Cultural Heritage Experiences

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HILT participants are invited to attend special experiences on the UPenn campus and in the city of Philadelphia. Organized especially with our institute in mind, taking part in these experience also offers an opportunity to befriend fellow HILT participants outside of your classroom.

Private Guided Tour

Eastern State Penitentiary

Photo by Albert Vecerka

Friday, June 8 at 10:00 am

15 spots available
Cost: $20

Eastern State Penitentiary Historic Site interprets the legacy of American criminal justice reform, from the nation’s founding through to the present day, within the long-abandoned cellblocks of the nation’s most historic prison.

Participants will take a one hour, private guided tour of the ruins of Eastern State Penitentiary. Opened in 1829 and in operation until 1971, Eastern State was a revolutionary institution that claimed to be designed for reform rather than punishment.

The guided portion of the tour takes around 60 minutes and during this time your group will:

  • Explore Eastern State, the world’s first true “penitentiary,” a prison designed to inspire true regret in the hearts of criminals
  • Walk the cellblocks; step inside a recreated cell
  • Examine Eastern State’s revolutionary architecture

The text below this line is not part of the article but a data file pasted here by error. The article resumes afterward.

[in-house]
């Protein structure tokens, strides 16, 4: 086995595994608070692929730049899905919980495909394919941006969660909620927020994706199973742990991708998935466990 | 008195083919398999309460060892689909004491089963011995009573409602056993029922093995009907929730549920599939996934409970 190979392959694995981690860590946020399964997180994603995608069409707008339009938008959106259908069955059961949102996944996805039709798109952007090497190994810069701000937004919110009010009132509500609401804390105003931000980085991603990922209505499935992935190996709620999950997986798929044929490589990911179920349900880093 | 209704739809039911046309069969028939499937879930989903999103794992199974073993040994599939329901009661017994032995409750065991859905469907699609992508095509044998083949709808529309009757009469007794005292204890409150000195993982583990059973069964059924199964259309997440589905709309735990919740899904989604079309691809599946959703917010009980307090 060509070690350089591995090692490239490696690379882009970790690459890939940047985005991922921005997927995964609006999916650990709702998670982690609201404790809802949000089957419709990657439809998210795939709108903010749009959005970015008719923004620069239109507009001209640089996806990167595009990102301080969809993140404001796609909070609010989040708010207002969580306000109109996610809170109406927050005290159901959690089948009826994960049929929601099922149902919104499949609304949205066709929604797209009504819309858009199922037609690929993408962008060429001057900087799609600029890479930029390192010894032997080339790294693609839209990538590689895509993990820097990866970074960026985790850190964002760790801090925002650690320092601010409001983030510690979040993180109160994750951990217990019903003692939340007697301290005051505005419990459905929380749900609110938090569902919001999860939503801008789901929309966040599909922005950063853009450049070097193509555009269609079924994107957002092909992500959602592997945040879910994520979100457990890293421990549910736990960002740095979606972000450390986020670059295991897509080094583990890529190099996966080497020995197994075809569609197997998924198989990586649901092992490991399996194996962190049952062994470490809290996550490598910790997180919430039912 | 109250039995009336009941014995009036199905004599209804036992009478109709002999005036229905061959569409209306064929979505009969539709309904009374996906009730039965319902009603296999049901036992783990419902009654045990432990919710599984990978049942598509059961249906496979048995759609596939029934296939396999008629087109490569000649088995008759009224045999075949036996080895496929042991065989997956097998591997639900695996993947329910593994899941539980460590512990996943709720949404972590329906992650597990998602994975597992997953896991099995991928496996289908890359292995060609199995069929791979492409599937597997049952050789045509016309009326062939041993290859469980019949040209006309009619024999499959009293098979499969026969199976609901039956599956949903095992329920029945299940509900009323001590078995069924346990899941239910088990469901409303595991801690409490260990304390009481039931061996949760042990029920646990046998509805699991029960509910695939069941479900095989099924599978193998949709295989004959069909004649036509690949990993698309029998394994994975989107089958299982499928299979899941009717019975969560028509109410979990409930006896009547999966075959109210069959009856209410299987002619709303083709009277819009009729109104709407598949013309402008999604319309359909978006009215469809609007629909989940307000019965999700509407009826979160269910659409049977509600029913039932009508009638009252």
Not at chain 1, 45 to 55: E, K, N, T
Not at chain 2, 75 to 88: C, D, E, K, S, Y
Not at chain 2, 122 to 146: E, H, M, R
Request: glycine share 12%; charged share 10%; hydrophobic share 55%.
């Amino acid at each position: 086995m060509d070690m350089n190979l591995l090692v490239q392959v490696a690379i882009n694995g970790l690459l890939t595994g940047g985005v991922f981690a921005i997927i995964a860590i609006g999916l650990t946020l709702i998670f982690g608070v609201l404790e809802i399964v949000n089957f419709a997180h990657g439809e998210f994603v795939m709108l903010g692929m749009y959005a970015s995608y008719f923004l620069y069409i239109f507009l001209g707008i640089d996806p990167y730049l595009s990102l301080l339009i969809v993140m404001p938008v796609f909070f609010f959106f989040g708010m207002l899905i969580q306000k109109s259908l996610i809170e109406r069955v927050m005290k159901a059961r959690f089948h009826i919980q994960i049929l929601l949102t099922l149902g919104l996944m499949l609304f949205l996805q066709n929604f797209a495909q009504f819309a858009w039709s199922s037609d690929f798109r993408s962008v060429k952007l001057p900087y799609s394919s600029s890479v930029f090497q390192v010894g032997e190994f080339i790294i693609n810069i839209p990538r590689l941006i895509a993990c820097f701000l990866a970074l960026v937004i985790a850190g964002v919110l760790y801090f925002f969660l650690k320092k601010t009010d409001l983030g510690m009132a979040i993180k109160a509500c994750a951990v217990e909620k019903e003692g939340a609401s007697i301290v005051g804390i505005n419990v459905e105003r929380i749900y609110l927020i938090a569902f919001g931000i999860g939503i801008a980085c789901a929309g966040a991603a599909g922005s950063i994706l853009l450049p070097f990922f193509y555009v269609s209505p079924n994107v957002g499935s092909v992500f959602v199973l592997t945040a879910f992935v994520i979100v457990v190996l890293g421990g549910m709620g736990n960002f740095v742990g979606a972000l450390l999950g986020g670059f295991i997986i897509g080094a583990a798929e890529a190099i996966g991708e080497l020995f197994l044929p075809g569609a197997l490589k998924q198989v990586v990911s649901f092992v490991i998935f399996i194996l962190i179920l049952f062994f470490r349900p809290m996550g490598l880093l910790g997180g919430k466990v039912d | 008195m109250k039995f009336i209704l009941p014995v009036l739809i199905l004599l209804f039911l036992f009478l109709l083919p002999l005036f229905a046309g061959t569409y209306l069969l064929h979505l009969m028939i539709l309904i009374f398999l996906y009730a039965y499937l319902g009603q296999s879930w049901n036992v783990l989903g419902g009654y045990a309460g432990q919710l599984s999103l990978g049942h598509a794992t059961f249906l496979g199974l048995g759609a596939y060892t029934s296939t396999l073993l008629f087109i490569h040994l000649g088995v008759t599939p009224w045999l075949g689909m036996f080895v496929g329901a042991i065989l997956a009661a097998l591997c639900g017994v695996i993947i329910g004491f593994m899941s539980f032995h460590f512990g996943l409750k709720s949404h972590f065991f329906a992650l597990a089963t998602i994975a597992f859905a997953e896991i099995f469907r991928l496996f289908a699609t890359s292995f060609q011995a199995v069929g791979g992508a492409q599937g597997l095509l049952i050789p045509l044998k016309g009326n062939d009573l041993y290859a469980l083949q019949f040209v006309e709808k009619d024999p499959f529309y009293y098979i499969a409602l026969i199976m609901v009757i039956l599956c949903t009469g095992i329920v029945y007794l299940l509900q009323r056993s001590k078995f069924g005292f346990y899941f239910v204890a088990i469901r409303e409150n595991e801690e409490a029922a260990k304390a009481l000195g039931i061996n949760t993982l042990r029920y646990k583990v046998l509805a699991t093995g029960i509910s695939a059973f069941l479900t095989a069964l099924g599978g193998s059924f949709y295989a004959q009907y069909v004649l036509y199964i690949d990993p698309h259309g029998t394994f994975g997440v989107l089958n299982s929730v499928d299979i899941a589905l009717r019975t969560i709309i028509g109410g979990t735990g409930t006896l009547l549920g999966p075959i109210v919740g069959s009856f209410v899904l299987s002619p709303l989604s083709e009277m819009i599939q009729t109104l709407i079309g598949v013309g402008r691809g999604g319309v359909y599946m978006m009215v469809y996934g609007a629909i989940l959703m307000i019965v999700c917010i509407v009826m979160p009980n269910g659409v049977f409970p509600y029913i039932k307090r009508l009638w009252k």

• Discuss the “Pennsylvania System” of separate confinement
  • Hear true escape stories
  • Contemplate the lives of inmates and guards who once called Eastern State home
  • Witness the deteriorating effects of the building’s near two decade abandonment
  • Make connections between the history of Eastern State and prisons today

After the one hour tour, participants from HILT meet with the on site archivist, Erica Harmon, for an additional hour and get a peek behind the scenes of the research wing of ESP.

Introduction to Center and Discussion Session

Orrery visualization

Visualization of David Rittenhouse’s 1771 orrery by the ViDi Center

Friday, June 8 at 10:00 am

Cost: $10

Through modern computer graphics, the ViDi Center for Digital Visualization addresses 3D visual experiences, reconstruction, and animation of cultural environments. This session will describe the state-of-the-art in computer visual simulations, especially as they relate to human environments that pose significant and interesting questions for the Humanities. The second half of the session will be devoted to specific case studies in natural and ancient lighting, and the re-population of prehistoric human environments. Problem areas suggested by the participants are particularly welcome for discussion.

This session will be lead by Norm Badler, Rachleff Professor of Computer and Information Science. It will begin at 10am and last for 2 hours.

Special Tour

Lea Library

Photo by Greg Benson

Friday, June 8 at 10:00 am

Cost: $10

The tour of the Kislak Center for Special Collections, Rare Books and Manuscripts will include a visit to the Vitale Media Lab, SCETI, and the Steven Miller Conservation Lab. The Vitale Media Lab (Vitale II) is the Book History and Digital Humanities (BH+DH) lab in the Kislak Center. Vitale II welcomes scholars of all levels who are working on projects at the intersection of BH+DH, providing space for collaboration and learning, for experimentation and creation, for people to come together to ask and answer questions. SCETI, the Schoenberg Center for Electronic Text and Image, is the library’s digitization lab, where books and manuscripts are digitized for our online projects. The Steven Miller Conservation Lab, which opened in 2016, is the place where the library’s collections are cared for.